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Thursday 30 September 2010

Handmade Crafts Terms and Conditions

Apologies in advance if I bore you with this week’s blog post, but I am going to talk a little about website Terms and Conditions (T&Cs)...well I did warn you!

If you are selling online you will hopefully have Terms and Conditions (T&Cs) covering your website shop, including amongst other things shipping policies and returns/exchanges.

Selling online is very different to selling from a physical location such as a shop or store because the consumer can’t see or touch the item that they are buying. Because of this, the Distance Selling Regulations were introduced to protect the consumer in the UK.

Terms & Conditions example
Terms & Conditions example

I cannot claim to be an expert in this area but the following advice was given to me by my local Trading Standards Officer after I asked her to review my website Terms and Conditions. I got these things wrong in my website Terms and Conditions, and many people still do.

Returning Earrings

Whilst the returning of earrings can be seen a health hazard, they are still returnable. What you can do, however, is seal the bag with hygiene seals and ‘ask’ that if they are returned then the seal must not be broken.

Seven day return policy

#The seven day returns policy whereby a consumer can return their purchase without giving a reason, for example changing their mind about the purchase upon receiving the product.

The seven day return policy is seven working days, starting the day after receipt of the product. The consumers’ time limit does not start until the day after they have received the goods.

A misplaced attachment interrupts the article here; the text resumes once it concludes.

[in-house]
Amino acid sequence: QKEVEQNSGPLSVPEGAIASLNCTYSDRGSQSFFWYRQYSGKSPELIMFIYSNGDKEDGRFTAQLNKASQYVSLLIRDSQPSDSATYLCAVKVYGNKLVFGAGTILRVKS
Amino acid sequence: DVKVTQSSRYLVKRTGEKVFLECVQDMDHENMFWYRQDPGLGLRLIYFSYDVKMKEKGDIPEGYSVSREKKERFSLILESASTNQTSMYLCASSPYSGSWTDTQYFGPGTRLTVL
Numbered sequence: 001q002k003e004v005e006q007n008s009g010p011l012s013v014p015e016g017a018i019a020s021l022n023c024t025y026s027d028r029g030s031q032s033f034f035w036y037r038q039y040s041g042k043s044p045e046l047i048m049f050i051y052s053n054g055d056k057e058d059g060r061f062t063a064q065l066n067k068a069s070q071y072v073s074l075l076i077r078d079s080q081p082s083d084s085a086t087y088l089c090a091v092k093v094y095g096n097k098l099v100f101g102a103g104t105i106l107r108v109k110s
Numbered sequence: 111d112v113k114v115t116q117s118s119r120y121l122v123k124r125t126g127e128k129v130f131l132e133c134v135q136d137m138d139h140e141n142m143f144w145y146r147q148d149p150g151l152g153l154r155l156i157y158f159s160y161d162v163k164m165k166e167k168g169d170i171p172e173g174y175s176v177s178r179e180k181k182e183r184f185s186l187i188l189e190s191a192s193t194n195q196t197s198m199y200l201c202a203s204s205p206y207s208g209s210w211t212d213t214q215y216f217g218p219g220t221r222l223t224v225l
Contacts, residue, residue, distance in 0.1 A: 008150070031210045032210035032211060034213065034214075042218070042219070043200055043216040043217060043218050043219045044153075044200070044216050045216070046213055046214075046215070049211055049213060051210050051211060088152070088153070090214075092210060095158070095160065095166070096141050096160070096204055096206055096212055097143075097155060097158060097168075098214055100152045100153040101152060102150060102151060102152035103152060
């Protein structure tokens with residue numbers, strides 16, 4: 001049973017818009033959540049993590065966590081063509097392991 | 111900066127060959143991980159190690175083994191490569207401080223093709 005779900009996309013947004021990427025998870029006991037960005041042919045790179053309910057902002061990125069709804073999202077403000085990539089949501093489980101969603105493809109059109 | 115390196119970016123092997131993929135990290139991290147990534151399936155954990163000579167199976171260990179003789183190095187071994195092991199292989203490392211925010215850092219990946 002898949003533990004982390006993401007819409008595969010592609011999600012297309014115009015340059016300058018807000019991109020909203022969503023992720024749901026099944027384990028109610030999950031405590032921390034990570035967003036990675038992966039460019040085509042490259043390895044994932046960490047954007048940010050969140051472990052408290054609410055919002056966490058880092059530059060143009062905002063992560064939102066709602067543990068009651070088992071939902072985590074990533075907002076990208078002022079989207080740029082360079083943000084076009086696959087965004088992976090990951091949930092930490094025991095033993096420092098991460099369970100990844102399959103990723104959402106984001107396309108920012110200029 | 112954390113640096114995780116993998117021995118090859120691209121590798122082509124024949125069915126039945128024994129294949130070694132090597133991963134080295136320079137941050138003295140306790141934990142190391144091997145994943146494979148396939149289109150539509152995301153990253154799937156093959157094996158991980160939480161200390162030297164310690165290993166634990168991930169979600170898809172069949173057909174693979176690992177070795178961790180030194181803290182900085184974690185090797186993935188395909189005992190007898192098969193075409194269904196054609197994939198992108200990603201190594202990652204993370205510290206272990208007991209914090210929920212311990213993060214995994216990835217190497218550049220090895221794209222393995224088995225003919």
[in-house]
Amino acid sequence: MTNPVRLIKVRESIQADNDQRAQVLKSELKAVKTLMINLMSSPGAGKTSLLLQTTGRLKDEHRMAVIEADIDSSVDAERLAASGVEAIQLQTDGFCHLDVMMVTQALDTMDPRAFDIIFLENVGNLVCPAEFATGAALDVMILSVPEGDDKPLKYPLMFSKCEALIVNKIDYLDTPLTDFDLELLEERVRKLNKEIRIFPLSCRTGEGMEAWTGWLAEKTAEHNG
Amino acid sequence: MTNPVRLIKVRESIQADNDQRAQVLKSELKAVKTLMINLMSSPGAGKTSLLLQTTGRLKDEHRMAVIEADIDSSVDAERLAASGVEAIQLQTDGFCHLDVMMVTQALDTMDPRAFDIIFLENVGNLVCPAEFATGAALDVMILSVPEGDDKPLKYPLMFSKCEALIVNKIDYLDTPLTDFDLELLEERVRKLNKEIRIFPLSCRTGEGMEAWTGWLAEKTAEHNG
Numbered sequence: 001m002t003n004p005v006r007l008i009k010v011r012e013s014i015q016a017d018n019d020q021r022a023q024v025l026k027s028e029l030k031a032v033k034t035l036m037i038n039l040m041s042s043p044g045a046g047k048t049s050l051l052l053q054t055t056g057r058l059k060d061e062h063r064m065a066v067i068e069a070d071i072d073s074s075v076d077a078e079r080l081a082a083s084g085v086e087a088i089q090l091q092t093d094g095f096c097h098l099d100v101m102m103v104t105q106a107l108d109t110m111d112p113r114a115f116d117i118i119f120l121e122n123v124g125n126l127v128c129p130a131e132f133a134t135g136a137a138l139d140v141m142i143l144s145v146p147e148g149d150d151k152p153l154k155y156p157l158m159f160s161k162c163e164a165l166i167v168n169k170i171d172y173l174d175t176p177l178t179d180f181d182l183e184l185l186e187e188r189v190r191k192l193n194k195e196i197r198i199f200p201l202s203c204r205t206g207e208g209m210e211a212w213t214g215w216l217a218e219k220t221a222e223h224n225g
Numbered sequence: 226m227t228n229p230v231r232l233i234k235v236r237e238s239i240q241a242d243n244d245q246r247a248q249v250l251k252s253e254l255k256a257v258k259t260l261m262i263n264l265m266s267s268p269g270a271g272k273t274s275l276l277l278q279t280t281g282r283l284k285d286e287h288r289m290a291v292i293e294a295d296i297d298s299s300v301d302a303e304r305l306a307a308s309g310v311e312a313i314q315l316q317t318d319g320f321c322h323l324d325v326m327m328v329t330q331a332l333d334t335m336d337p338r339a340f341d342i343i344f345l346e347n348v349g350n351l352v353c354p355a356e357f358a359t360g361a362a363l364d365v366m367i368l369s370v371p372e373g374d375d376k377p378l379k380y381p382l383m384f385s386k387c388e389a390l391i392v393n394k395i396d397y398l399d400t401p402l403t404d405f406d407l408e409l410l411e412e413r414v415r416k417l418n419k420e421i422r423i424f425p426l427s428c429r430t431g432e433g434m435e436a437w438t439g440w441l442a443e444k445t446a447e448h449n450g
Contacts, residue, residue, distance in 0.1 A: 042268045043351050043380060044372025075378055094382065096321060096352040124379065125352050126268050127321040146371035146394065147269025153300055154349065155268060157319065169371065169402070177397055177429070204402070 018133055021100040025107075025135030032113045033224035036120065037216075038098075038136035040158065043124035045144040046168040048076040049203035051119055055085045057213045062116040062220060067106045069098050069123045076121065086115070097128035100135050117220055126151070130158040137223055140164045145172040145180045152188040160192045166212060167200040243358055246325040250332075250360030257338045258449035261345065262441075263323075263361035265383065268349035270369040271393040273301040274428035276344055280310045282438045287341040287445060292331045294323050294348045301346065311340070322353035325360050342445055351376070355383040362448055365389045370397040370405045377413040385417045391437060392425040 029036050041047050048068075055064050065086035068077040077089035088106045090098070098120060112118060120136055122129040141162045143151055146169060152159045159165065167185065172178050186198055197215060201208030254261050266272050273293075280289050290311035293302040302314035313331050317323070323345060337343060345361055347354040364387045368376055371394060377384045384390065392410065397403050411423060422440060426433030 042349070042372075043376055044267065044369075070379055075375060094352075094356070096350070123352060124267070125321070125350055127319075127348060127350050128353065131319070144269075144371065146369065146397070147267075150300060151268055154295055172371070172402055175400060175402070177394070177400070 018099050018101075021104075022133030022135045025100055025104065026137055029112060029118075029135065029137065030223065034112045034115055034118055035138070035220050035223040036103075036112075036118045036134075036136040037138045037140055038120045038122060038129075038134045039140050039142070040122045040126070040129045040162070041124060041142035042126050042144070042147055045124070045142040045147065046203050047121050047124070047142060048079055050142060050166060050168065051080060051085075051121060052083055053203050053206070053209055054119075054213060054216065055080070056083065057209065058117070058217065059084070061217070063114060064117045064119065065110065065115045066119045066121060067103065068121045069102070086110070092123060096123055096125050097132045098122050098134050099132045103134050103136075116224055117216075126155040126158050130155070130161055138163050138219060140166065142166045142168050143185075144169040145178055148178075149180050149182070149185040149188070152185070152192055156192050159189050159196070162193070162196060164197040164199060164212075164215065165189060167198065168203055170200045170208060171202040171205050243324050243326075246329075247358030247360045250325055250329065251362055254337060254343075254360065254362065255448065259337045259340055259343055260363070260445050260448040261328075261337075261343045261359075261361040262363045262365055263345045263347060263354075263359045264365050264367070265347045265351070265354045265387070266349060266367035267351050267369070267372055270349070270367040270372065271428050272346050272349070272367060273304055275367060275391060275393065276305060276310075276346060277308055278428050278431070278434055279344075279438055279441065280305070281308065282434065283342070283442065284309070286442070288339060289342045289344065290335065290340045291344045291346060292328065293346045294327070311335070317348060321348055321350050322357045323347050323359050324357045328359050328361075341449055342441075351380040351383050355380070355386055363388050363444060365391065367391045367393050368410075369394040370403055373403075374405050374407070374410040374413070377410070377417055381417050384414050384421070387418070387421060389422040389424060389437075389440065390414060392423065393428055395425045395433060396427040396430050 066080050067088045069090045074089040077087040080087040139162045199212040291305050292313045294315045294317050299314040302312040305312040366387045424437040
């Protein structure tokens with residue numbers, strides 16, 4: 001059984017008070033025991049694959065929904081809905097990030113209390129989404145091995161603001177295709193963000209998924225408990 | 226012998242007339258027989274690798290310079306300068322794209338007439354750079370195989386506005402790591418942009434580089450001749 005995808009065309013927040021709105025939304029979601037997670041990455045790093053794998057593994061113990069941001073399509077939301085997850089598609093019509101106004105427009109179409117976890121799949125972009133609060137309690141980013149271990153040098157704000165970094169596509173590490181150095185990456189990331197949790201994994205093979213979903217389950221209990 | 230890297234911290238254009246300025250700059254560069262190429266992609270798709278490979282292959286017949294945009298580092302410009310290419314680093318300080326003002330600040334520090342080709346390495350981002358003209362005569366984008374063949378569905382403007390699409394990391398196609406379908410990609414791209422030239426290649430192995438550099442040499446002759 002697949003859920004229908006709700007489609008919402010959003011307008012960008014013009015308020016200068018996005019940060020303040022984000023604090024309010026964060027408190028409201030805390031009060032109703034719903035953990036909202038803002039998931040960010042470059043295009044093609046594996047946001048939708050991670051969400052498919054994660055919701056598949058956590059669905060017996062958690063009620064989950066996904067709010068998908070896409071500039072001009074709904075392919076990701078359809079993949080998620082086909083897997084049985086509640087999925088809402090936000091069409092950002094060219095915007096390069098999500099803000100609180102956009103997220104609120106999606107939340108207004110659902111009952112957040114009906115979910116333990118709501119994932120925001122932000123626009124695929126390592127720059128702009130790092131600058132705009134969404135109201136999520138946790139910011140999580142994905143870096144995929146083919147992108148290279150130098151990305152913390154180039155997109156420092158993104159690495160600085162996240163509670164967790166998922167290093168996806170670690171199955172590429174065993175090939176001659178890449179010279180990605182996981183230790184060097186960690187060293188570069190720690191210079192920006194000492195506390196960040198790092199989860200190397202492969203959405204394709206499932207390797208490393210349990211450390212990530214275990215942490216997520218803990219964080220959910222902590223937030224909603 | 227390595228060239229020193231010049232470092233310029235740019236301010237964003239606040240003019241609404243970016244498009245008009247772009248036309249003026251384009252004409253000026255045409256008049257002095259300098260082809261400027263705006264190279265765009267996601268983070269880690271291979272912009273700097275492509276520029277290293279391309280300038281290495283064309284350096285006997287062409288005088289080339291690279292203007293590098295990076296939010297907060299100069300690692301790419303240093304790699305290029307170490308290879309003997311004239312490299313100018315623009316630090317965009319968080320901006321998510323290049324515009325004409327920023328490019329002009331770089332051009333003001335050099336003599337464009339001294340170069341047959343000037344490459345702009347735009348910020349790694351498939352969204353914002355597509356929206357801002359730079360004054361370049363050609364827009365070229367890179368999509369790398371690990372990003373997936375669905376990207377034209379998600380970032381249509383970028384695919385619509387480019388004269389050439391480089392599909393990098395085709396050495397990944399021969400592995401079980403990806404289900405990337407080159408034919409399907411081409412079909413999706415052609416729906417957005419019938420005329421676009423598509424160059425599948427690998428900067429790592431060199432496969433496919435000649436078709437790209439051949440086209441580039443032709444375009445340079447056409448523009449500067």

Return of goods in an unused state

You cannot state that the goods have to be returned in an unused state as legally the consumer does not have to return the goods. You can however, 'ask' that the consumer returns the goods as soon as possible.

Consumer responsible for returned goods

The Distance Selling Regulations also state that as soon as a consumer has posted the item for return or given it to a courier, the trader is then responsible for it. This means that you are responsible for any goods lost in transit and therefore you cannot put that you are not held responsible.

Displaying Prices

It is best if you include VAT on all of your prices when they are first displayed as this will prevent the consumer from being confused or mislead.

Geographical Address

The website must display your geographical address of the place of business to which the consumer may address any complaints

I hope that this was of some help and that I didn’t bore you too much. If you would like a good bed-time read, grab a copy of the Distance Selling Regulations...Enjoy!


  1. That's really great information. Thank you for sharing it. I think sometimes we end up with 'chinese whispers' with things like this where we take the basics from someone elses and change it a little. It's good to get back to the actual legal terms.

  2. Thanks for that I had an email yesterday from someone telling me that my T&C was incorrect in that I had stated the return date to be 7 days I've now changed it to 30. I guess I'll also have to go and remove the bit about not being responsible for the item after it's been mailed out.

    So many rules and regulations for the consumer but seems we as traders can do nothing if someone decides that they want a refund and there is no way of getting them to return the item whether used or unused.

  3. Thanks Mick, I keep popping back to have another read.
    Really must get around to adding them to Folksy shop, on todo list.


  4. Good work there Mick!! As said it is always the consumer who seems to fair better in these matters!! I think we have to hope that we have honest customers!! :-))


Thank you for your comments. I do appreciate the time and trouble taken to comment and will publish as soon as possible.